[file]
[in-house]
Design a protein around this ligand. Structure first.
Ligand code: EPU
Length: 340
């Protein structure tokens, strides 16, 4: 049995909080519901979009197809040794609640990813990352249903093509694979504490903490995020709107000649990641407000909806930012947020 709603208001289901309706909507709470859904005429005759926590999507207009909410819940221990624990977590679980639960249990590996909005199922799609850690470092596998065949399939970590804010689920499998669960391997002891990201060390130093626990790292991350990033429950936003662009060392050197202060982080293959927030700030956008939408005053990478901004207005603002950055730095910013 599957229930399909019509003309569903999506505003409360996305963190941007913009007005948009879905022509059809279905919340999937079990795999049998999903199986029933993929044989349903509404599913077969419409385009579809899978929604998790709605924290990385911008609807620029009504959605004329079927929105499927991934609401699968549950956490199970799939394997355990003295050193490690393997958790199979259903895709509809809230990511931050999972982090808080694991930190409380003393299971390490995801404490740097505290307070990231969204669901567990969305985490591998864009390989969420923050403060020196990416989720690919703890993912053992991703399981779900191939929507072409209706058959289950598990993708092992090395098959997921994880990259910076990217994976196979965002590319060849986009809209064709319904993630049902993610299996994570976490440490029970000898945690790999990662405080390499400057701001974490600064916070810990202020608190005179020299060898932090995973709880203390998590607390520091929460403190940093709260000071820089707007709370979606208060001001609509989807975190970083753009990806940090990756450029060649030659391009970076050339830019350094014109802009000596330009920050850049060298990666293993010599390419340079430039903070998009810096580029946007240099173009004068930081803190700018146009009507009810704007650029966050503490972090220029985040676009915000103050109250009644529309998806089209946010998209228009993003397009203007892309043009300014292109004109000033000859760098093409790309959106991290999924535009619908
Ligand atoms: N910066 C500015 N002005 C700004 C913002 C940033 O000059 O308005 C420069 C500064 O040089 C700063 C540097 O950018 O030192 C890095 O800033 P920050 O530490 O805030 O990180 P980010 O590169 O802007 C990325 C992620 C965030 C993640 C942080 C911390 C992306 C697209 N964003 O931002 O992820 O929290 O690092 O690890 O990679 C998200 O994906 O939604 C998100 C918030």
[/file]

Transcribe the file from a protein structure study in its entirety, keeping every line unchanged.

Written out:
[in-house]
Design a protein around this ligand. Structure first.
Ligand code: EPU
Length: 340
């Protein structure tokens, strides 16, 4: 049995909080519901979009197809040794609640990813990352249903093509694979504490903490995020709107000649990641407000909806930012947020 709603208001289901309706909507709470859904005429005759926590999507207009909410819940221990624990977590679980639960249990590996909005199922799609850690470092596998065949399939970590804010689920499998669960391997002891990201060390130093626990790292991350990033429950936003662009060392050197202060982080293959927030700030956008939408005053990478901004207005603002950055730095910013 599957229930399909019509003309569903999506505003409360996305963190941007913009007005948009879905022509059809279905919340999937079990795999049998999903199986029933993929044989349903509404599913077969419409385009579809899978929604998790709605924290990385911008609807620029009504959605004329079927929105499927991934609401699968549950956490199970799939394997355990003295050193490690393997958790199979259903895709509809809230990511931050999972982090808080694991930190409380003393299971390490995801404490740097505290307070990231969204669901567990969305985490591998864009390989969420923050403060020196990416989720690919703890993912053992991703399981779900191939929507072409209706058959289950598990993708092992090395098959997921994880990259910076990217994976196979965002590319060849986009809209064709319904993630049902993610299996994570976490440490029970000898945690790999990662405080390499400057701001974490600064916070810990202020608190005179020299060898932090995973709880203390998590607390520091929460403190940093709260000071820089707007709370979606208060001001609509989807975190970083753009990806940090990756450029060649030659391009970076050339830019350094014109802009000596330009920050850049060298990666293993010599390419340079430039903070998009810096580029946007240099173009004068930081803190700018146009009507009810704007650029966050503490972090220029985040676009915000103050109250009644529309998806089209946010998209228009993003397009203007892309043009300014292109004109000033000859760098093409790309959106991290999924535009619908
Ligand atoms: N910066 C500015 N002005 C700004 C913002 C940033 O000059 O308005 C420069 C500064 O040089 C700063 C540097 O950018 O030192 C890095 O800033 P920050 O530490 O805030 O990180 P980010 O590169 O802007 C990325 C992620 C965030 C993640 C942080 C911390 C992306 C697209 N964003 O931002 O992820 O929290 O690092 O690890 O990679 C998200 O994906 O939604 C998100 C918030």